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Hundreds of hungry wild horses have taken over and are destroying ‘rare’ federal land, lawsuit says


Salt River wild horses eat hay at a site for emergency feeding run by the Salt River Wild Horse Management Group near Coon Bluff in the Tonto National Forest near Mesa, Ariz., Wednesday, March 10, 2021. Due to prolonged drought in the area, the horses are fed hay daily. (AP Photo/Sue Ogrocki)

A coalition of conservationists, environmentalists and birders have sued the U.S. Forest Service (USFS), claiming that hundreds of wild horses are destroying Tonto National Forest in Arizona near the Salt River and putting thousands of endangered species at risk.

According to the lawsuit, there are currently about 600 horses roaming free in an area that can only sustain about 40 horses. The primary problem, the plaintiffs say, is overgrazing — a problem created when the USFS made an agreement in February with the Salt River Wild Horse Management Group, which dictates how the horse herd in the region is managed.

The plaintiffs — the Center for Biological Diversity, Maricopa Audubon Society, Arizona Wildlife Federation, Arizona Deer Association, Arizona Bighorn Sheep Society, and Arizona Sportsmen for Conservation — allege that the USFS violated the National Environmental Policy Act (NEPA) by failing to consider the environmental impact of the February agreement. Because the area is one of the “rare riparian areas” in the American southwest, the plaintiffs say, protecting its ecosystem is of paramount importance.

But because of the land’s limitations, horses are are increasingly concentrated in smaller areas by artificial feeding in order to stave off mass starvation, the complaint says. As a result, the horses now associate people with food — and approach them accordingly.

“Overgrazing by the horse population has led to, and continues to cause, severe deterioration of the area,” the complaint says.

The complaint also says the agreement doesn’t include provisions for protecting species such as javelina, Gambel’s quail, mule deer, Yuma clapper rail, and bald eagles, despite the USFS having acknowledged the need to do so.

The February plan was approved by the USFS and the State of Arizona and was preceded by a 2017 agreement between the Arizona Department of Agriculture and the Tonto National Forest.

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In a statement about the lawsuit, plaintiffs point out that while a 2016 state law recognized a Salt River horse as “not a stray animal,” Arizona has denied ownership and responsibility for any damage caused by the horses.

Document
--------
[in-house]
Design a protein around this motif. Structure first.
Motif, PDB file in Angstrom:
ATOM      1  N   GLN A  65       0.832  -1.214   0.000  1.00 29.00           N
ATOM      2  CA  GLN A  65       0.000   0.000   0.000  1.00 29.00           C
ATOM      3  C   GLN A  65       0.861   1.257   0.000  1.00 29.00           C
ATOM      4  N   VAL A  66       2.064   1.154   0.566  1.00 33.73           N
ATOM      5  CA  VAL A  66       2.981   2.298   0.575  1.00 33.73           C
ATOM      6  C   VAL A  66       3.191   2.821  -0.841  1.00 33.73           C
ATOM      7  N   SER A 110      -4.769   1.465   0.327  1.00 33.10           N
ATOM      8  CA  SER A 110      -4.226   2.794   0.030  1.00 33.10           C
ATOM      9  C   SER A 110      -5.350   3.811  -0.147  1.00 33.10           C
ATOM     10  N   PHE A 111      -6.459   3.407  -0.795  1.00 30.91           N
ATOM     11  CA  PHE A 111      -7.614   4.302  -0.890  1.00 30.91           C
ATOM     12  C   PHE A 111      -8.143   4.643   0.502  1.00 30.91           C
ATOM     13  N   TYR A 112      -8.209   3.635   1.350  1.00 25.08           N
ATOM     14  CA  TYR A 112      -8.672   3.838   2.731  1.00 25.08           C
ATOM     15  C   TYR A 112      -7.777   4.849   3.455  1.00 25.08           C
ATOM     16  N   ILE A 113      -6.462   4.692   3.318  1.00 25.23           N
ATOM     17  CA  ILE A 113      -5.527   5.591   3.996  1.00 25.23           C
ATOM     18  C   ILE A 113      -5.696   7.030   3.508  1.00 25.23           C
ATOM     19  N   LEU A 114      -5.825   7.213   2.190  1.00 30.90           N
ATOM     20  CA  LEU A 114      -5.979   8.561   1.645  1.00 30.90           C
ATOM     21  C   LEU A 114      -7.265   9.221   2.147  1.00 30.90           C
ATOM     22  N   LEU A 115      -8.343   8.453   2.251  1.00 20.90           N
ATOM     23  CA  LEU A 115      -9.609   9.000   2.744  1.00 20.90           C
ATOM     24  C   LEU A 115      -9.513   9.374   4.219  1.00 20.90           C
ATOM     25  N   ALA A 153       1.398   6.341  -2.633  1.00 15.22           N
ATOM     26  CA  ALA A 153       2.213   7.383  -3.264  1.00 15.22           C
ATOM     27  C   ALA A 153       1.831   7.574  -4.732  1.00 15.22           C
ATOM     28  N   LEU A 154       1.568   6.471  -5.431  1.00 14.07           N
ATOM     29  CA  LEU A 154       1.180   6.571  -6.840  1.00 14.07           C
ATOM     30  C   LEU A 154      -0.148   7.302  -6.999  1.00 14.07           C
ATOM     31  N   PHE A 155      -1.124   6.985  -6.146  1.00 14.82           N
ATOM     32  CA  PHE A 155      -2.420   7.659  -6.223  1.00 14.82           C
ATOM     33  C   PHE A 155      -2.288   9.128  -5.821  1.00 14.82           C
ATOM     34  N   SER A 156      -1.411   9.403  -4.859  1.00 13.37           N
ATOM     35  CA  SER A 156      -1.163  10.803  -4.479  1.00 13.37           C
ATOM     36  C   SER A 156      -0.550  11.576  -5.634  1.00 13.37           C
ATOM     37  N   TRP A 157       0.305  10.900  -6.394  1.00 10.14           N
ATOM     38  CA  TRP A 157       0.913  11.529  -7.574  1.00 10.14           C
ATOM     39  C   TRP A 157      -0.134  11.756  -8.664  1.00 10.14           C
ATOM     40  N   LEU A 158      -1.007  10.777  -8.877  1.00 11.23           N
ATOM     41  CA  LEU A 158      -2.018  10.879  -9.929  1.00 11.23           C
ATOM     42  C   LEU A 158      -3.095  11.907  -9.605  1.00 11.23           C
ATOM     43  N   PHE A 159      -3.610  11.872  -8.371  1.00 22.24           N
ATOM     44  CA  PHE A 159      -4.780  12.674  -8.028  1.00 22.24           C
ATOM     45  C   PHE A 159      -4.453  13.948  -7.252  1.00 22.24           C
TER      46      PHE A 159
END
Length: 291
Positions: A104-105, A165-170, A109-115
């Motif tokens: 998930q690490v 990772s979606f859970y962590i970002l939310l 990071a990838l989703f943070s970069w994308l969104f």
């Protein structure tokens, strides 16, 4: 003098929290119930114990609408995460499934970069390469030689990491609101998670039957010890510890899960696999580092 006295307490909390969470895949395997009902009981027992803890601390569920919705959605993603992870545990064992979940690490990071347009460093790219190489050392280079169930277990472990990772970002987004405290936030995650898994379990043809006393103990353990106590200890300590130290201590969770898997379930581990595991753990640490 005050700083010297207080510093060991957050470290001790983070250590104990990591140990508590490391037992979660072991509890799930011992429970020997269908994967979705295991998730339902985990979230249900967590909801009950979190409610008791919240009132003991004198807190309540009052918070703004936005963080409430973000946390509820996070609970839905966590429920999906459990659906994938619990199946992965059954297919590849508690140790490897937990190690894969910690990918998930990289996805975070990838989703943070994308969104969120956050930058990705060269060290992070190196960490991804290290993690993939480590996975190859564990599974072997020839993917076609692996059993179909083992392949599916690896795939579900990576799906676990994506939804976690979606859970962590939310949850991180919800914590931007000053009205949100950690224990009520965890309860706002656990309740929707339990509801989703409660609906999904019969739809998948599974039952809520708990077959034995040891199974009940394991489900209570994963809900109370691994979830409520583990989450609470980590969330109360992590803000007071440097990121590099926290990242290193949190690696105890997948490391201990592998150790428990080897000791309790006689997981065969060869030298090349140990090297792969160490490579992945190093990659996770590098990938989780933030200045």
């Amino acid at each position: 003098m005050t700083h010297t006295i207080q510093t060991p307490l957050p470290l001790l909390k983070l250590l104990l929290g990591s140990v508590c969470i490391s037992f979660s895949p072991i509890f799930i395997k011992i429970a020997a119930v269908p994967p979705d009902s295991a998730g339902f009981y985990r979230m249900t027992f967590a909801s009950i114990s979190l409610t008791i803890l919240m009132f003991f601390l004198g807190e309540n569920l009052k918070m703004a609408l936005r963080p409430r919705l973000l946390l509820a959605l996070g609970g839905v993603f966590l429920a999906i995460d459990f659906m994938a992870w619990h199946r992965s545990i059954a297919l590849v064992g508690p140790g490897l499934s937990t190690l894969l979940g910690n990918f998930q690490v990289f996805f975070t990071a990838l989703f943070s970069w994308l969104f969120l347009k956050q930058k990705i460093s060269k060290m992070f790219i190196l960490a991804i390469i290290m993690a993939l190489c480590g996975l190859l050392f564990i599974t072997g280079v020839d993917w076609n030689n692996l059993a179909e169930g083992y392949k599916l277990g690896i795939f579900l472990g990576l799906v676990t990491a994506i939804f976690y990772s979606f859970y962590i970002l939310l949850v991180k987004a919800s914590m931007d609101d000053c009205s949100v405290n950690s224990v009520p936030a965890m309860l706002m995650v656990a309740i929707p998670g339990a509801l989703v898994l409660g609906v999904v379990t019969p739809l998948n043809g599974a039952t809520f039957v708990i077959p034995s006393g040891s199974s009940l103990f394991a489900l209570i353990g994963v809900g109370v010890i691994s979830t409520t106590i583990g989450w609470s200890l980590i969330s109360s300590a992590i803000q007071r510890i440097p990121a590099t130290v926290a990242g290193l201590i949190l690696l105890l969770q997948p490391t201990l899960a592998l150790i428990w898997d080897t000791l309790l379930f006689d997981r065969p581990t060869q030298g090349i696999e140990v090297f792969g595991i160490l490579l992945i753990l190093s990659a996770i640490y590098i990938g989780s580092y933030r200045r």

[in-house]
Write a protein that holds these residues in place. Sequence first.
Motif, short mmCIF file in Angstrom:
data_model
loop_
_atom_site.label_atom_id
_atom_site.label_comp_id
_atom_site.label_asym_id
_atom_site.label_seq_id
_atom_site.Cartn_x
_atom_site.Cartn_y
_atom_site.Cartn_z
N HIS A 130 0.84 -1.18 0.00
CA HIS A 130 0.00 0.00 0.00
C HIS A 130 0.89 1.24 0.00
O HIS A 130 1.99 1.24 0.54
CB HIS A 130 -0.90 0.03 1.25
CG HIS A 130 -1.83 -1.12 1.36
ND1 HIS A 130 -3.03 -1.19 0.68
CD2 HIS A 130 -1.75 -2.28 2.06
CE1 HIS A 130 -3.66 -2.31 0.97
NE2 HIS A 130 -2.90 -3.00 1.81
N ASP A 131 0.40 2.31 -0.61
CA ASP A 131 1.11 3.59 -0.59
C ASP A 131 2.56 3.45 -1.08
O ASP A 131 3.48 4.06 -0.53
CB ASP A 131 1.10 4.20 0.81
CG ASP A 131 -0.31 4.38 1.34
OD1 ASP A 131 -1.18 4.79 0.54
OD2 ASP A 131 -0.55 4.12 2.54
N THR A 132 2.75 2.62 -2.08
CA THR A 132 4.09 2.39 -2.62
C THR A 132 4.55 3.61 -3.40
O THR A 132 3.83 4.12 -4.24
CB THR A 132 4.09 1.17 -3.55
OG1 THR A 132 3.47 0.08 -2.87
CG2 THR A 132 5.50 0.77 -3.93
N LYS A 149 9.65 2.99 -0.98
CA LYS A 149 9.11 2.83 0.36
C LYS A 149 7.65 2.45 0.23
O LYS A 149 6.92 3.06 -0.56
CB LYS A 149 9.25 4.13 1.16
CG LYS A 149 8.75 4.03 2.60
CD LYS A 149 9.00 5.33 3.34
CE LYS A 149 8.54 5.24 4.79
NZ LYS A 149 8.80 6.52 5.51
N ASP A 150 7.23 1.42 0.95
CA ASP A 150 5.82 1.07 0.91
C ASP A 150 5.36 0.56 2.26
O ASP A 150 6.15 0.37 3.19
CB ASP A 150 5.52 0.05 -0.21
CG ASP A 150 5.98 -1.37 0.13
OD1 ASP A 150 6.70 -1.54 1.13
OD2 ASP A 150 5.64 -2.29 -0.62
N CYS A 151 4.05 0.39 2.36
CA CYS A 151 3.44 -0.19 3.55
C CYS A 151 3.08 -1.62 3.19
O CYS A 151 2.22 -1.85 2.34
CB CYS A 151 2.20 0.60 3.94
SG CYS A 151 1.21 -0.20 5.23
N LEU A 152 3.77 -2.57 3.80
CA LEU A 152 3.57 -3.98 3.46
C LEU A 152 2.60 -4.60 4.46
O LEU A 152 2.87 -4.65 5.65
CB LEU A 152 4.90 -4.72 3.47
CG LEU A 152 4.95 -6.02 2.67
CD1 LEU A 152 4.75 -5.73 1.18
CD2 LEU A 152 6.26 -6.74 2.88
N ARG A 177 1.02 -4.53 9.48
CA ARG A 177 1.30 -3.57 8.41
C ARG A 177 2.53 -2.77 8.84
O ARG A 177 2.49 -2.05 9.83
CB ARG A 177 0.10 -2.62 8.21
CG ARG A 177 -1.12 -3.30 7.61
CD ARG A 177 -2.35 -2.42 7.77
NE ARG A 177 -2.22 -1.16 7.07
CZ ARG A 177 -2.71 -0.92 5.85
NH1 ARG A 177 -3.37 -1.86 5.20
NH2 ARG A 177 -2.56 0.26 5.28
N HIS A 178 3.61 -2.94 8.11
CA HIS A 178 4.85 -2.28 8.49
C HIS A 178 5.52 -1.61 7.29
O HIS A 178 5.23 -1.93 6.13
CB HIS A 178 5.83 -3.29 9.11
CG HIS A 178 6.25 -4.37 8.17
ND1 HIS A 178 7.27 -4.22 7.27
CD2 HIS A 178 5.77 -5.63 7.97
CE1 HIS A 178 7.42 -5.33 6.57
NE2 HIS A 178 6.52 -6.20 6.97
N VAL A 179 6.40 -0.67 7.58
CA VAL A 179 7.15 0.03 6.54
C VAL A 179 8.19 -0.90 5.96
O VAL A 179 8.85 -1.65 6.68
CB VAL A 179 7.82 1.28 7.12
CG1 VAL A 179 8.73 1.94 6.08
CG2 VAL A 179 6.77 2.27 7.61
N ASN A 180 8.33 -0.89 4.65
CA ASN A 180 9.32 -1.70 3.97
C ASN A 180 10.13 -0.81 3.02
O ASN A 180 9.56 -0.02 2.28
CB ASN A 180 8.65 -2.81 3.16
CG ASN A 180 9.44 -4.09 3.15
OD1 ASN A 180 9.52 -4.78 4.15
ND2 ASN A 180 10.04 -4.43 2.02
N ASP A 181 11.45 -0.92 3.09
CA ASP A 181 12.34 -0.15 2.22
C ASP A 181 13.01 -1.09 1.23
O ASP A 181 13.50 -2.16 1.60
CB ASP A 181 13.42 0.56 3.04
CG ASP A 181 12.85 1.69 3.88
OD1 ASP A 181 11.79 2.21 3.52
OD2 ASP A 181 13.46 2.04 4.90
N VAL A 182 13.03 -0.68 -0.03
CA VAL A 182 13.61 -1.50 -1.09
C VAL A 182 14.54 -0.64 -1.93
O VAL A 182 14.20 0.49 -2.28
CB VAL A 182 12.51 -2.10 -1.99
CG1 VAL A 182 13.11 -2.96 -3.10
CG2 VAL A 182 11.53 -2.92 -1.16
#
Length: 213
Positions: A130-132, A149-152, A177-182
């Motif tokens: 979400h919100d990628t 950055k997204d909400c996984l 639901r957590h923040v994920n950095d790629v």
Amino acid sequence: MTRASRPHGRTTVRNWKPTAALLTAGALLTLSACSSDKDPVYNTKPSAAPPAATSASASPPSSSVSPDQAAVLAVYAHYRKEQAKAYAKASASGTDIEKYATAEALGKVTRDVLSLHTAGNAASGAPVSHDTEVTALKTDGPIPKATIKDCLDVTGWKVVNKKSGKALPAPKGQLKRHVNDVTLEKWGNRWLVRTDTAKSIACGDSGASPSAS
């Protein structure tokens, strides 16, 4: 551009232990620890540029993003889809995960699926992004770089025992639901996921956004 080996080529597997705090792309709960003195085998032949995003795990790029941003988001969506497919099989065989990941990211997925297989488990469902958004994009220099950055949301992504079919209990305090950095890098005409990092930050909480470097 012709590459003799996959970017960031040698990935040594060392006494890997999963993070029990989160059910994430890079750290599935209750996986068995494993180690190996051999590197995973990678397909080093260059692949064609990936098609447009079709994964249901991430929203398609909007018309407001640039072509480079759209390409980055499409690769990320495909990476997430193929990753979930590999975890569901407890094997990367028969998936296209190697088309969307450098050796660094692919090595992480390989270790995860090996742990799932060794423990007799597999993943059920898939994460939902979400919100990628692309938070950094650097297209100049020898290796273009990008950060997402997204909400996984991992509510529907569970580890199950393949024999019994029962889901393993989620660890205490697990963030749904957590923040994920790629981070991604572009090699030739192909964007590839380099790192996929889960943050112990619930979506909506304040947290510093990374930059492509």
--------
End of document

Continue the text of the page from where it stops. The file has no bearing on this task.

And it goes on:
The area was once used for cow grazing, but that ended in 1978 when it was determined that there was only enough forage for 12 cows and it was no longer economically viable for ranching. Following the change, horses moved into the area.

“This is another tragic example of Forest Service employees failing to do their jobs, obey the law and manage public lands based on science,” said Robin Silver, co-founder of the Center for Biological Diversity. “It’s senseless to try to manage 600 horses in an area where ranchers couldn’t even sustain 12 cows.”

“When will the Forest Service get control of this historic fiasco?” Arizona Wildlife Federation Executive Director Scott Garlid asked in the statement. “These horses are unauthorized under federal law, and their numbers must be reduced to protect the federal land being destroyed.”

“Mule deer have already been run out of the area by the horses’ severe overgrazing,” said John Koleszar, past president of the Arizona Sportsmen for Wildlife Conservation. “Native quail have no nesting areas with the habitat so barren. The Forest Service here does dozens of management plans per year for cows. What could possibly be stopping them from doing a science-based plan for the Lower Salt?”

Koleszar’s statement said that litigation is the “only alternative that we have left”:

The lawsuit is in response to the lack of a formal NEPA that the Tonto National Forest should have prepared. In doing the NEPA, it would be immediately apparent that having over 400 horses in such a small area has created an unhealthy environment for both people and wildlife. There are rules and regulations regarding forage monitoring, available habitat and the need for all species to thrive in our forests. Over the past 6 years, the miniscule reduction of horses has shown that there are no native grasses left over the 19,000 acres. The Salt River collaborative voted by overwhelming majority to keep less than 100 horses AND to supplementally feed them over their lifespans. In spite of over a year’s worth of effort, politicians decided to leave it alone.

The lawsuit asks that the court invalidate the Salt River Horse Management Plan and block the defendants from actions that would continue to harm the environment.

​The Forest Service said in an email Wednesday that it, “remains committed to working with partners and the public to sustainably manage the health and diversity of our forests and grasslands,” but declined to comment further on pending litigation.

Salt River Wild Horse Management Group did not respond to request for comment.

You can read the full complaint here.

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Elura is a columnist and trial analyst for Law & Crime. Elura is also a former civil prosecutor for NYC's Administration for Children's Services, the CEO of Lawyer Up, and the author of How To Talk To Your Lawyer and the Legalese-to-English series. Follow Elura on Twitter @elurananos